Fossil Whale Brain Proves Paleontologist Wrong

Howell Thomas, senior paleontological preparator for the Natural History Museum of Los Angeles County, was skeptical when a woman claimed that she found a fossilized whale brain in San Luis Obispo County, California, nine years ago.

"The first thing I said when I heard about this finding was that there's just no way," Thomas told the Beatrice Daily Sun. "They brought it in, and sure enough, it's the second of two fossil whale brains [ever found]."1

He explained that "it's an amazing specimen because brains don't fossilize because of their soft tissue…. Soft tissue doesn't fossilize, and so the brain is the first thing that deteriorates. To create a situation where this could get fossilized is unheard of."1

Similarly, the San Luis Obispo Tribune reported, "Most fossils are of skeletons, and scientists did not think a mass of soft tissue like a brain could fossilize."2

But this is wrong. Soft tissues can fossilize a few ways, such as by forming impressions in rock, by being replaced by minerals that preserve the original soft tissue shape, and sometimes by a process resembling mummification of the original material.

The real reason why many paleontologists have such a difficult time interpreting soft tissue fossils is because their training tells them to believe that fossils took a long time to form and that they have been residing in earth materials for long spans of "geologic time." Either of these core doctrines works against the possibility of soft tissues still being present in such "ancient" specimens.

The woman who found the fossil in California, Pepper O'Shaughnessy, had been using it as a doorstop in her home. This suggests that the whale brain's soft tissue must have been replaced by mineral, making it heavy enough to hold the door and able to withstand rotting from exposure. But this is not the only example of spectacular Ice Age-deposited whale fossils found on the west coast of the Western Hemisphere, which are best explained as animals that were trapped in pools of water as the floodwaters retreated from the continents in the final stages of the Great Flood.3

In another fossil soft tissue example, a team of paleontologists tested the chemicals that caused red-colored patches in a mummified mosasaur. They published in 2010 their discovery of "hemoglobin decay fragments"4,5 and described the mosasaur's original tissue body scales from nose to tail. The Los Angeles museum where Howell Thomas works had kept the fossil, originally from Kansas, for four decades.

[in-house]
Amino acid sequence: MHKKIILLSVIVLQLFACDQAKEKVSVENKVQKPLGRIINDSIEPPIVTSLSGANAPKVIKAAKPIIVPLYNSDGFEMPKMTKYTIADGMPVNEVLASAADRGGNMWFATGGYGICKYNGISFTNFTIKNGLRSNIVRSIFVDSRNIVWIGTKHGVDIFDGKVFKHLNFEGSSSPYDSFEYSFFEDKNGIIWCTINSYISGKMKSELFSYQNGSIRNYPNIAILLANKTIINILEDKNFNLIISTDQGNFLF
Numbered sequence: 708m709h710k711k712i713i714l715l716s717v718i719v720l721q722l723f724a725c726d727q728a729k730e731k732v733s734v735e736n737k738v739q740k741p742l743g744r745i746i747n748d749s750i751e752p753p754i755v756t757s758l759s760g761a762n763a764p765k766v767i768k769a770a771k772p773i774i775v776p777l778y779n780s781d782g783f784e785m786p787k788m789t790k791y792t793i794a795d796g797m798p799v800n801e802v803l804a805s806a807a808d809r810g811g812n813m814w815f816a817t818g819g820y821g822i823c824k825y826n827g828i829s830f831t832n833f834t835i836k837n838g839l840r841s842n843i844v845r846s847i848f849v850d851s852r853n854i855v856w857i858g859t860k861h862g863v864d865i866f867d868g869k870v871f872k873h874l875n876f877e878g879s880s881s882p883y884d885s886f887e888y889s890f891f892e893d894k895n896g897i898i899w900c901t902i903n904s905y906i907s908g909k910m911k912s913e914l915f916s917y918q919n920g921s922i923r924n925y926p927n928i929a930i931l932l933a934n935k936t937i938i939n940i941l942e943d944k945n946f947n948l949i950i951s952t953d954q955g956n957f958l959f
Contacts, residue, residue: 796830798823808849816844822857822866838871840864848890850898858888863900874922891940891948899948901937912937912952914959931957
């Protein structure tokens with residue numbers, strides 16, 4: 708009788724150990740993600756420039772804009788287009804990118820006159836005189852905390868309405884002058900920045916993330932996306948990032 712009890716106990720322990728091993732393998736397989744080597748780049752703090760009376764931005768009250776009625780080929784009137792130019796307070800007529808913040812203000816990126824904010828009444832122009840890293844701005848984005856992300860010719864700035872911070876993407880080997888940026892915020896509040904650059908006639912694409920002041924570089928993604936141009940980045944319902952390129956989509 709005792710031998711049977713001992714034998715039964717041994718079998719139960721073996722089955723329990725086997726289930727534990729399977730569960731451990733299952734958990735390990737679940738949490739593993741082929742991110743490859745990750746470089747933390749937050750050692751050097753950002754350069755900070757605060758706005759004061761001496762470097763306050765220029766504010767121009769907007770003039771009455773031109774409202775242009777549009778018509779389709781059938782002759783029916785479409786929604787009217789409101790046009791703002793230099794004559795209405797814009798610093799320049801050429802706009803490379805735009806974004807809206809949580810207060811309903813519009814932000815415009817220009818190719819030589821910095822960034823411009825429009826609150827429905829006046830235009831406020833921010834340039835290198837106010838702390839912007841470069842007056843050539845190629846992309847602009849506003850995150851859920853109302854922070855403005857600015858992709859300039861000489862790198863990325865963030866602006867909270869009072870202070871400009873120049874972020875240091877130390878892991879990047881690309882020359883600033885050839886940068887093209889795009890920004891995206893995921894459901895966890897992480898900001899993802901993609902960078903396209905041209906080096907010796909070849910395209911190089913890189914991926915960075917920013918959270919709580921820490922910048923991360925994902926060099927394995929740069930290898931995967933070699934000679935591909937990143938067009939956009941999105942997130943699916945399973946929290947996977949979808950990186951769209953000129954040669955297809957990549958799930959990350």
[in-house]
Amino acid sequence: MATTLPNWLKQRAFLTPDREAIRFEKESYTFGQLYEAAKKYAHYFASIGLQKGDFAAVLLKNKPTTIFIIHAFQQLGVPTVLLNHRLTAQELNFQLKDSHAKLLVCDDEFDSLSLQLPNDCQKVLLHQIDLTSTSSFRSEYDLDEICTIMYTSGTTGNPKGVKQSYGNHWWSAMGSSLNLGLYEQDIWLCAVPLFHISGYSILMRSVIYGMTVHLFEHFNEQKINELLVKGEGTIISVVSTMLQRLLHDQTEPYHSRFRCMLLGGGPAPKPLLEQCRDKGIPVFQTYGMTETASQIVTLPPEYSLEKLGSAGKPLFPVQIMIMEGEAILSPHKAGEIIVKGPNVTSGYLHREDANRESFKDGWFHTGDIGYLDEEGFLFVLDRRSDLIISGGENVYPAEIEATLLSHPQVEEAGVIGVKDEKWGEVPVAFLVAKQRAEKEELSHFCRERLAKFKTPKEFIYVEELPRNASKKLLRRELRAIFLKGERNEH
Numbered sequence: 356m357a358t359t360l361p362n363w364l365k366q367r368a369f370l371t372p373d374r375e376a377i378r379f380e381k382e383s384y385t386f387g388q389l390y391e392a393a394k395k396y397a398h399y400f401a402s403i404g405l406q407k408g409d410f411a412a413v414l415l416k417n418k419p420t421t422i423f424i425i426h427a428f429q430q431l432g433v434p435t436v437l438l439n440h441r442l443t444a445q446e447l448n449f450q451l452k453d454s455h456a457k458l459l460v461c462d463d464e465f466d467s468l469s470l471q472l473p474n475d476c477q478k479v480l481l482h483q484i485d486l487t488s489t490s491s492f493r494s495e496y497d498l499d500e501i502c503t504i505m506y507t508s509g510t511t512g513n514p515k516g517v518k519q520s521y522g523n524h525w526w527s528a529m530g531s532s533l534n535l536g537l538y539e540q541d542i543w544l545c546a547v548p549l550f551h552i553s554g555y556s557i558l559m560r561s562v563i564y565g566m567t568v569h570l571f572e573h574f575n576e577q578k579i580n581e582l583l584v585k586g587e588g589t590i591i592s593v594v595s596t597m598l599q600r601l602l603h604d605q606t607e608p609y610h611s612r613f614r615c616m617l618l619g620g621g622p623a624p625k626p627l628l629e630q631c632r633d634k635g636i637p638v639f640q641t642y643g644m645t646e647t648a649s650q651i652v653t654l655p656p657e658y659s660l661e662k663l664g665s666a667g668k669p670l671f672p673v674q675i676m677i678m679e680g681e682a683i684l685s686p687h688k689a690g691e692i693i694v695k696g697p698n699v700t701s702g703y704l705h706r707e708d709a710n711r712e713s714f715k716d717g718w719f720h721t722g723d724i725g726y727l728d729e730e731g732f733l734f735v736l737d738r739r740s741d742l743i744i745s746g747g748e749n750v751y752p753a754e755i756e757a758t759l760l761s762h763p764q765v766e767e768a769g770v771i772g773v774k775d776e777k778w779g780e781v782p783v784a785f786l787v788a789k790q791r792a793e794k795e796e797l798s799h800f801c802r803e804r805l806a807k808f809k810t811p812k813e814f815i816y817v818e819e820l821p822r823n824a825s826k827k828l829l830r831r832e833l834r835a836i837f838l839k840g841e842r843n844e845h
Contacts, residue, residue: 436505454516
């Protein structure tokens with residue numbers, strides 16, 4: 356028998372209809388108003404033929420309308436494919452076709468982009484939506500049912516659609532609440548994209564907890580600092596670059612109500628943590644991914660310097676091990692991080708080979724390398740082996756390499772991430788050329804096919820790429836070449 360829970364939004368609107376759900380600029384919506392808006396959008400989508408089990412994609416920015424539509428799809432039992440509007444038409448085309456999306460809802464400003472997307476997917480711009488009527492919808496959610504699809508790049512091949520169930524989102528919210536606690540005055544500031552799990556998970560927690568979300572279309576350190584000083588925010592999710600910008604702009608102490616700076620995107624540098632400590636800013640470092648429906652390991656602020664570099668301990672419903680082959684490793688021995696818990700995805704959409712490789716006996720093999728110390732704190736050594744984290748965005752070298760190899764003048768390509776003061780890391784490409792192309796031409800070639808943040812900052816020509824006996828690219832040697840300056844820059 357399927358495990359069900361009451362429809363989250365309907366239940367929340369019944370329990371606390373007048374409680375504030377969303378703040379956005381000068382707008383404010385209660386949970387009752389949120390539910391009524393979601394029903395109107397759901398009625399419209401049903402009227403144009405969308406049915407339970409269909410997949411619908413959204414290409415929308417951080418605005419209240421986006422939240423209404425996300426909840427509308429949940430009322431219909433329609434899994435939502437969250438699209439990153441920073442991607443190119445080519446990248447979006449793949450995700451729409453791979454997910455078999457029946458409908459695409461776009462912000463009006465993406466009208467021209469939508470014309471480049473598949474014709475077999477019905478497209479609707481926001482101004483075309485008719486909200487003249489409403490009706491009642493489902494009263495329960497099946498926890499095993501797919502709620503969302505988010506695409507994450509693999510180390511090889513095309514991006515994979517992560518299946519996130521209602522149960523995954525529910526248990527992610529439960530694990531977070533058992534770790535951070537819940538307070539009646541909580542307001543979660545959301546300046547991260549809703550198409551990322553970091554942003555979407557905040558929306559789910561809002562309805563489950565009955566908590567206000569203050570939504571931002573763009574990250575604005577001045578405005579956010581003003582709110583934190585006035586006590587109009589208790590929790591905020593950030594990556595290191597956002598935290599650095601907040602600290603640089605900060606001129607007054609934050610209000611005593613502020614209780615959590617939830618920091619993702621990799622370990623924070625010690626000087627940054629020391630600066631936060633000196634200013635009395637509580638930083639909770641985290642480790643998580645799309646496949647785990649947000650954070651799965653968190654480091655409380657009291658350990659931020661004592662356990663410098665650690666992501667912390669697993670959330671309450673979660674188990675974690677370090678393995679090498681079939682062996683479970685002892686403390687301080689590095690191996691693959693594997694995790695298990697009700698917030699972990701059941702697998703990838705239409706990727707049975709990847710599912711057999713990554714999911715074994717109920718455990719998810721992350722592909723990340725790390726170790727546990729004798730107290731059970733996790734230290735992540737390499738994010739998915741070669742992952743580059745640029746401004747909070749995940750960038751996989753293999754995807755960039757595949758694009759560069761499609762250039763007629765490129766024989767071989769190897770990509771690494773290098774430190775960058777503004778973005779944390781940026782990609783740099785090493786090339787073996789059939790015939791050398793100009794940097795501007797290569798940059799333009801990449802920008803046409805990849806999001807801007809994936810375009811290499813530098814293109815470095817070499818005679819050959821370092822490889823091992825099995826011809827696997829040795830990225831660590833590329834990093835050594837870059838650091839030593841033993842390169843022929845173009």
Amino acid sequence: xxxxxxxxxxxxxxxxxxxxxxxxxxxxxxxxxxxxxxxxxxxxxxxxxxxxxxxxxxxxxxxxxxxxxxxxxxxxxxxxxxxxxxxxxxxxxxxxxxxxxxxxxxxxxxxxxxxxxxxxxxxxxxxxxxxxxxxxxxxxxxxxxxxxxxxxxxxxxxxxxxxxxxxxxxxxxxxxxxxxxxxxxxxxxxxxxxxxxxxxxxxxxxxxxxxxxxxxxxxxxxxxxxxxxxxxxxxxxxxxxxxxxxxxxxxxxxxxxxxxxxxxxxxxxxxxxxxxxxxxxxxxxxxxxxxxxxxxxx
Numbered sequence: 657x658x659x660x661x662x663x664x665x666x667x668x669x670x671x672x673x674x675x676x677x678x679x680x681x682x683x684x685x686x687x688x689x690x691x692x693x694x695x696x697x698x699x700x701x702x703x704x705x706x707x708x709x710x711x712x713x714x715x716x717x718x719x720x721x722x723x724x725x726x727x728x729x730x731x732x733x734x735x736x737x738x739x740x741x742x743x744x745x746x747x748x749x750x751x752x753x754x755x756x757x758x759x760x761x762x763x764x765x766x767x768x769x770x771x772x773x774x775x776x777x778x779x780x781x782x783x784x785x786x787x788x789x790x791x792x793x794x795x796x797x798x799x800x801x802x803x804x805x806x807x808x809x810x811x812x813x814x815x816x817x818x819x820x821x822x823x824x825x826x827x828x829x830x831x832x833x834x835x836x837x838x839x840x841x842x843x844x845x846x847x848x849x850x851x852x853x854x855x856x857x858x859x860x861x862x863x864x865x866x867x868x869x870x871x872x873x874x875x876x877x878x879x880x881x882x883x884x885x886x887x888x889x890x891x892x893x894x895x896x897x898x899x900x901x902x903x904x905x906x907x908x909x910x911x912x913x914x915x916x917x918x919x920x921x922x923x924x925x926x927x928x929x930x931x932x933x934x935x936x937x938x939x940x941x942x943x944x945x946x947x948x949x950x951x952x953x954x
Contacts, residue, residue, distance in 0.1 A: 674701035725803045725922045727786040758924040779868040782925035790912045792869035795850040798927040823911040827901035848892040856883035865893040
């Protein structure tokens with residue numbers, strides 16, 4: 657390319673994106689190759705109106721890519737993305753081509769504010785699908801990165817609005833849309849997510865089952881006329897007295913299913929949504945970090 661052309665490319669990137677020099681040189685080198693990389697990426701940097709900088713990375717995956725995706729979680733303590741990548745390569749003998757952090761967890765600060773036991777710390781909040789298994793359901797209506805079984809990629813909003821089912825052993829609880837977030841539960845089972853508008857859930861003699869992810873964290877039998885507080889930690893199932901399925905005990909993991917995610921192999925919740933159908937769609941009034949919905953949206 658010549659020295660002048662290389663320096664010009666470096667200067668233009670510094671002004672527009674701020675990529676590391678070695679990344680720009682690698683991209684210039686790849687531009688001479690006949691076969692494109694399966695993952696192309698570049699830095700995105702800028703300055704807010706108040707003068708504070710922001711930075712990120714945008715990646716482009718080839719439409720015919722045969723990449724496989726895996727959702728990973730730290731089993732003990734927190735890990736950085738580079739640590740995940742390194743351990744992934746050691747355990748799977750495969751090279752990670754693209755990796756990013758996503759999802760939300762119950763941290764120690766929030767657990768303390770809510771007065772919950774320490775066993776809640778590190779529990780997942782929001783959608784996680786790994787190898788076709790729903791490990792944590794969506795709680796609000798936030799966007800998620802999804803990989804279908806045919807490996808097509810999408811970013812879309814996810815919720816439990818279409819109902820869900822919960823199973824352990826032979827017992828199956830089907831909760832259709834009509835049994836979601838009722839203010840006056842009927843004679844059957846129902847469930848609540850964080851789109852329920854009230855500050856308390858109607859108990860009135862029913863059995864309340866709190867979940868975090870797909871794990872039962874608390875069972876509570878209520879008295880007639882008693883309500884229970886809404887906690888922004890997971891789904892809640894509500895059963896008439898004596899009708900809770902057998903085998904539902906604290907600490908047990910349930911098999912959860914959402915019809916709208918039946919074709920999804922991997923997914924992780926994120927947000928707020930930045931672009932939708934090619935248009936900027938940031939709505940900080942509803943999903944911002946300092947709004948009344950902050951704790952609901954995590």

In addition, paleontologists have produced dozens of technical papers describing original tissue fossils, ranging from Ice Age plant tissues that are still green to dinosaur bone marrow with original blood vessels.6,7

After examining the presumably mineralized whale brain, Thomas said, "It just couldn't be anything else. It really is what we say it is."2 And the same is true of original soft tissue fossils that had not been mineralized—they couldn't be anything else, no matter how much of a challenge they present to the dogma of long ages of geologic time.


  1. Koperski, S. A whale of a tale. Beatrice Daily Sun. Posted on January 5, 2012, accessed January 13, 2012.
  2. Sneed, D. Whale of a find. San Louis Obispo Tribune. Posted on January 8, 2012, accessed January 13, 2012.
  3. Thomas, B. Whales in the Desert? ICR News. Posted on December 20, 2011, accessed January 17, 2012.
  4. Lindgren J. et al. 2010. Convergent Evolution in Aquatic Tetrapods: Insights from an Exceptional Fossil Mosasaur. PloS ONE. 5 (8): e11998.
  5. Some have suggested that the mosasaur tissue had been "phosphatized," which occurs when original soft tissues like proteins are replaced by phosphate mineral. Unlike original biological material, phosphatized material would be more likely to persist for millions of years. However, the technical paper reported original protein decay remnants, not phosphatized material, and the scientific journal has not issued any retraction.
  6. Fossil Analyses with Verified Original Soft Tissues. ICR Fact Sheet. Posted on July 21, 2011, accessed January 17, 2012.
  7. Fresh Tissues Show That Fossils Are Recent. ICR Fact Sheet Posted on, accessed January 17, 2012.

Image credit: David Middlecamp. Copyright © 2012 The Tribune. Adapted for use in accordance with federal copyright (fair use doctrine) law. Usage by ICR does not imply endorsement of copyright holders.

* Mr. Thomas is Science Writer at the Institute for Creation Research.

Article posted on January 27, 2012.

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